The Community Development Department’s Jeff Roberts is the only city employee handling zoning, the City Council was told last month. (Photo: Ceilidh Yurenka)

Watching the spectacle of two city lawyers spend multiple days in court defending an indefensible vendetta against a small business – not to mention however many hours it’s taken to prepare the city’s case – gets even worse when you think about how this prioritizes a meaningless, brutal display of power over stuff that’s actually wanted and needed by residents and the City Council.

It was explained to the council last month that around a dozen items were dragging through the zoning process because the Community Development Department has only one person to handle them.

That’s one person for urban farming – which, it should be noted, is an issue dating back to 2015 as a council order but has been on the mind of Cantabrigians since at least 2010, leaving Cambridge trailing behind Somerville by at least seven years. There’s one person for lodging houses in a city that needs lower-income housing desperately. And there’s one person for a reworking of a long outdated table of uses for retail and small business in a city that’s supposed to be a mecca for entrepreneurs and innovation. That one person is working on details needed for “in-law” apartments; Alexandria Real Estate Equity’s space along the Grand Junction path; a hotel for Kendall Square; a potentially massive rethinking of the CambridgeSide mall; Ware Street innovation space; green building requirements; the affordable housing overlay; and a Climate Resilience Zoning Task Force process.

And it’s not like this zoning bottleneck is a new problem.

“I recall we had a discussion,” councillor Dennis Carlone said April 22, as city staff begged more time for three of the languishing topics, “and I believe there were 12 to 14 issues that Community Development was looking at. And there are new ones on this list.”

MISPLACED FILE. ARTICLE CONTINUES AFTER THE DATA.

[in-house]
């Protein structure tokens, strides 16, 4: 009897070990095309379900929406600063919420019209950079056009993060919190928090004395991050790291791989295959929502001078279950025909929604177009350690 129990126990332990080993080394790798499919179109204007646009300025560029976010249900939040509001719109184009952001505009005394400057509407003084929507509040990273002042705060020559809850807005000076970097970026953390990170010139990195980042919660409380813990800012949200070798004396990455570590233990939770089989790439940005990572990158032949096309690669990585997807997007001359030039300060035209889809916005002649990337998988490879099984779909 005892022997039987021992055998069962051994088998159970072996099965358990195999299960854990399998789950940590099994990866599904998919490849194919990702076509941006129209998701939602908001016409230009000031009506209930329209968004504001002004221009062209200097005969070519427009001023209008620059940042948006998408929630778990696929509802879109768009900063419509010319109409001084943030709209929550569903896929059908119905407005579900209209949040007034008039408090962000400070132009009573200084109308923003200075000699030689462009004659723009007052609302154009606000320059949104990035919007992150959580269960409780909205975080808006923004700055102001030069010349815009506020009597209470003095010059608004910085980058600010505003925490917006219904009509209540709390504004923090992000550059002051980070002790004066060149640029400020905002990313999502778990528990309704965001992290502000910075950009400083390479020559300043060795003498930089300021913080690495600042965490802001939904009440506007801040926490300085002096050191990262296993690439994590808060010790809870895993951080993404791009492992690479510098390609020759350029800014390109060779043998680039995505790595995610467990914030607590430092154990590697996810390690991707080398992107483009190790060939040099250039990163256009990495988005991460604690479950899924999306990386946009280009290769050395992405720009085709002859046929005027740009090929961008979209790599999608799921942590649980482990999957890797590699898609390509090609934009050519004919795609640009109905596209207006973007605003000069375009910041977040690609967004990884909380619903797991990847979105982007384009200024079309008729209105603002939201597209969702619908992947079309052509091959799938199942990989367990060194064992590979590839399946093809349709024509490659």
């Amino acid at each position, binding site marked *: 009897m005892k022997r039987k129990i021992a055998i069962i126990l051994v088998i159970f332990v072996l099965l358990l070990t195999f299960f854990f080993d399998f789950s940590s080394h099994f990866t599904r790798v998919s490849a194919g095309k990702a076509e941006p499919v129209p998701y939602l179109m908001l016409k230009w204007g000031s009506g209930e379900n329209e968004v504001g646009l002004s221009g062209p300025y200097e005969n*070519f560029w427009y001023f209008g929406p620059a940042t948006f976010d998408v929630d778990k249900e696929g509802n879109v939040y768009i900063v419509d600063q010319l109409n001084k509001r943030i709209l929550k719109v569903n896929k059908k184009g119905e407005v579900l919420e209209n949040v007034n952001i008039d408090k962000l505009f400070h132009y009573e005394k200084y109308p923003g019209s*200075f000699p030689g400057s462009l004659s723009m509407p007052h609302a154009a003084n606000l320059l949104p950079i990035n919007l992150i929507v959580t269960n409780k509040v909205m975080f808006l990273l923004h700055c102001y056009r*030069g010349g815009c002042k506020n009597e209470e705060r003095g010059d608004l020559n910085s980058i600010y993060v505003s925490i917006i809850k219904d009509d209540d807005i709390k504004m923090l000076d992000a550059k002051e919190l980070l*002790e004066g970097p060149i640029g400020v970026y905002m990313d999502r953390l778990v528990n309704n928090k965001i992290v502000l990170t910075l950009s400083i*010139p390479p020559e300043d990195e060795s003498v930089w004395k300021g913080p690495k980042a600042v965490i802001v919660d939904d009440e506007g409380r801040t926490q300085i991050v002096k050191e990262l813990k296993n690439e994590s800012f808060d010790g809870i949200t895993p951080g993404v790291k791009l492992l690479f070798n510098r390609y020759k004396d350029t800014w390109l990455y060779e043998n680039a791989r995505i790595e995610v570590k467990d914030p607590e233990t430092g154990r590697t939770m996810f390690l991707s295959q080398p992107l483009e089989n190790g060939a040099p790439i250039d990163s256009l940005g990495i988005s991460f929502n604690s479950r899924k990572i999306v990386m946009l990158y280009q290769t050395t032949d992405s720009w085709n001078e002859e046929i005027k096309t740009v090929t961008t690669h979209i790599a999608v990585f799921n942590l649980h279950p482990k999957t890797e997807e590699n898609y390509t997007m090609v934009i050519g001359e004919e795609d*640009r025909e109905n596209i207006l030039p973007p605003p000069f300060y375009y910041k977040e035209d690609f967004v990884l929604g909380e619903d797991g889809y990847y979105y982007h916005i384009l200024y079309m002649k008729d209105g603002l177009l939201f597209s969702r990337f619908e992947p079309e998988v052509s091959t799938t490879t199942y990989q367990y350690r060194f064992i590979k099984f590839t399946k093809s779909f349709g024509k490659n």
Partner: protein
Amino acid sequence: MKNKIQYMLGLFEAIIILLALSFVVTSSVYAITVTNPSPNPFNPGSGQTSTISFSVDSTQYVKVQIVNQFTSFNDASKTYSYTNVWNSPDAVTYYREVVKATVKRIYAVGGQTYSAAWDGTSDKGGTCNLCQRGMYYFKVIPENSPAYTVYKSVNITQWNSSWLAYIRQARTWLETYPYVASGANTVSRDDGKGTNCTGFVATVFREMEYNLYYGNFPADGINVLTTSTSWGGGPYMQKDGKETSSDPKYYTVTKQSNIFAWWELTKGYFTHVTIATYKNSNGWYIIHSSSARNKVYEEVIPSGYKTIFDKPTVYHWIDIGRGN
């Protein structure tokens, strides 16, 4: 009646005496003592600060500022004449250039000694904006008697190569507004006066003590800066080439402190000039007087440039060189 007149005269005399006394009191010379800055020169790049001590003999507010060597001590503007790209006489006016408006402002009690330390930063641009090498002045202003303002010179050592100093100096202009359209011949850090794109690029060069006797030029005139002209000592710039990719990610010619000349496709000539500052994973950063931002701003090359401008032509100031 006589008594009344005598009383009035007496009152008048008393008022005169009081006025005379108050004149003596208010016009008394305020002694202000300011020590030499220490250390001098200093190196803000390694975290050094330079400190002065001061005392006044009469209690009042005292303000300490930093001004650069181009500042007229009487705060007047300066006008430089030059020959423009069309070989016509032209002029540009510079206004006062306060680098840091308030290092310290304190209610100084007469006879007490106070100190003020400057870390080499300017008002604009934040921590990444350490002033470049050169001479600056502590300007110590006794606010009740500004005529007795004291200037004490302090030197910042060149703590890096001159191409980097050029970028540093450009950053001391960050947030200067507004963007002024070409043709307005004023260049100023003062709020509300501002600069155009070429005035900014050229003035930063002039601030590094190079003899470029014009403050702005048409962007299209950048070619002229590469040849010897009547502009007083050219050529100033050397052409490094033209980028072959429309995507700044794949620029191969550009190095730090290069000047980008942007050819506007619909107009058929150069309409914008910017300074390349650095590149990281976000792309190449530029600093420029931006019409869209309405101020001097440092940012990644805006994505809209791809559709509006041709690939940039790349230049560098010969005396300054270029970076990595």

“So much is happening in Cambridge. It isn’t just not having the staff, it’s that things keep being added to this and becoming a priority,” Carlone said. “It’s going to be hard to keep up even with a new employee.”

So it’s nice that there’s going to be two additional staff working with zoning and development director Jeff Roberts, though it’s odd that Community Development has grown to an office of 61 from 44 over the past very busy decade without building in more capacity. In the same period, the city’s Law Department has grown to 13 from 12, including eight staffers making more than $100,000 in salary – topped by city solicitor Nancy Glowa at $187,480 annually.

City lawyers Keplin Allwaters and Katherine Sarmini Hoffman, right, are defending a city action against the UpperWest bar in North Cambridge. Several city employees have attended multiple days of hearings to give testimony. (Photo: Marc Levy)

Glowa has responsibility not just for sending fire inspectors to threaten a North Cambridge bar with being shut down for violating a law that literally does not exist – which, of course, she reasonably must have known did not exist – but for devoting the time of two of her highly paid staff to defending a five-day suspension for the bar based on that imaginary law. It’s hard to see this play out in the hearing room of the state Alcoholic Beverages Control Commission for day after day and not recall the role of our Law Department in overseeing the Monteiro and related cases, which cost the city around $14 million. That was another train wreck we all watched happen in slow motion, and another case that ended with questions about our priorities: It was no more a good look for our government to be seen retaliating against women of color with complaints about working for the City of Cambridge than it is for our government to work so hard to crush its own hardworking small-business owners. The sin of these particular small-business owners? Daring to accuse the License Commission of corruption, and being correct.

In the end, the City Council accepted meekly that zoning asked for years ago would miss another deadline, and that staff sought to help speed up that zoning hasn’t quite made it to employee orientation. Councillors also seem pretty complacent about the fact that we’ve so far paid two city attorneys an estimated $3,000 over four days to sit in a state hearing room and argue that a bar should be suspended for five days for setting out candles that are allowed by city law. (Plenty of other well-paid city employees have been sitting in that hearing room too, as witnesses waiting to be called.)

There are more days in court coming on the case. There shouldn’t be.

But it’s all about priorities.


This post was updated May 10, 2019, to clarify that Jeff Roberts does not necessarily write all zoning, and to add a link and update the amount disbursed in the Monteiro and related legal cases.